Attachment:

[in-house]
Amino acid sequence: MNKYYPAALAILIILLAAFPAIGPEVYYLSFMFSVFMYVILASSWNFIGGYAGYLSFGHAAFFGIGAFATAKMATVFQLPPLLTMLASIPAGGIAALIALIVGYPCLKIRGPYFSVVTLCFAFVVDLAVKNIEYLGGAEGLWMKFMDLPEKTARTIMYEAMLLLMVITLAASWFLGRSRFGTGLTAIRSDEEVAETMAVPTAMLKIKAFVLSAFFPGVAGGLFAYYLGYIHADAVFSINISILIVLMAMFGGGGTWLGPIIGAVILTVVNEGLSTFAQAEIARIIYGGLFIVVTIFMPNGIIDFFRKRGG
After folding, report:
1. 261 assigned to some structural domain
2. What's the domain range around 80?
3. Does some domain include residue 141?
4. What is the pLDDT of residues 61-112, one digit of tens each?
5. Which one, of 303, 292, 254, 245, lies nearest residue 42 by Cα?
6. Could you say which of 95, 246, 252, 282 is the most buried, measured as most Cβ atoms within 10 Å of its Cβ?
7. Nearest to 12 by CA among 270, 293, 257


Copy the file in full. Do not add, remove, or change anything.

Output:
[in-house]
Amino acid sequence: MNKYYPAALAILIILLAAFPAIGPEVYYLSFMFSVFMYVILASSWNFIGGYAGYLSFGHAAFFGIGAFATAKMATVFQLPPLLTMLASIPAGGIAALIALIVGYPCLKIRGPYFSVVTLCFAFVVDLAVKNIEYLGGAEGLWMKFMDLPEKTARTIMYEAMLLLMVITLAASWFLGRSRFGTGLTAIRSDEEVAETMAVPTAMLKIKAFVLSAFFPGVAGGLFAYYLGYIHADAVFSINISILIVLMAMFGGGGTWLGPIIGAVILTVVNEGLSTFAQAEIARIIYGGLFIVVTIFMPNGIIDFFRKRGG
After folding, report:
1. 261 assigned to some structural domain
2. What's the domain range around 80?
3. Does some domain include residue 141?
4. What is the pLDDT of residues 61-112, one digit of tens each?
5. Which one, of 303, 292, 254, 245, lies nearest residue 42 by Cα?
6. Could you say which of 95, 246, 252, 282 is the most buried, measured as most Cβ atoms within 10 Å of its Cβ?
7. Nearest to 12 by CA among 270, 293, 257